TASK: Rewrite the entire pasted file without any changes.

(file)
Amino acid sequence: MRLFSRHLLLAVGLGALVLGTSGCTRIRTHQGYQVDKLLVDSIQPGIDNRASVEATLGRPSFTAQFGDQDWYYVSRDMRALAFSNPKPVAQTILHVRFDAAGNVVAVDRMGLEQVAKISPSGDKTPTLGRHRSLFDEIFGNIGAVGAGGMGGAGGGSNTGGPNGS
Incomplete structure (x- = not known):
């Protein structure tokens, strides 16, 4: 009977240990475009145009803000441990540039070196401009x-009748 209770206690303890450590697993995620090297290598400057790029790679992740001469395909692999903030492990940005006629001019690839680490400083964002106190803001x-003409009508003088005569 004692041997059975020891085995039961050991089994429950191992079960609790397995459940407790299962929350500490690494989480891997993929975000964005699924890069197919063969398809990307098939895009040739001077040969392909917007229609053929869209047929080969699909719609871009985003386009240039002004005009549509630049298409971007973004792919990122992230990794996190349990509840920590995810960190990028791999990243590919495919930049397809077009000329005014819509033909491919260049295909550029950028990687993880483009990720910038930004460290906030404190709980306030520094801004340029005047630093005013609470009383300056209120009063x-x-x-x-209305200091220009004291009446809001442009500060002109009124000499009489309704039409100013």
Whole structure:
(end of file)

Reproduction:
Amino acid sequence: MRLFSRHLLLAVGLGALVLGTSGCTRIRTHQGYQVDKLLVDSIQPGIDNRASVEATLGRPSFTAQFGDQDWYYVSRDMRALAFSNPKPVAQTILHVRFDAAGNVVAVDRMGLEQVAKISPSGDKTPTLGRHRSLFDEIFGNIGAVGAGGMGGAGGGSNTGGPNGS
Incomplete structure (x- = not known):
């Protein structure tokens, strides 16, 4: 009977240990475009145009803000441990540039070196401009x-009748 209770206690303890450590697993995620090297290598400057790029790679992740001469395909692999903030492990940005006629001019690839680490400083964002106190803001x-003409009508003088005569 004692041997059975020891085995039961050991089994429950191992079960609790397995459940407790299962929350500490690494989480891997993929975000964005699924890069197919063969398809990307098939895009040739001077040969392909917007229609053929869209047929080969699909719609871009985003386009240039002004005009549509630049298409971007973004792919990122992230990794996190349990509840920590995810960190990028791999990243590919495919930049397809077009000329005014819509033909491919260049295909550029950028990687993880483009990720910038930004460290906030404190709980306030520094801004340029005047630093005013609470009383300056209120009063x-x-x-x-209305200091220009004291009446809001442009500060002109009124000499009489309704039409100013």
Whole structure: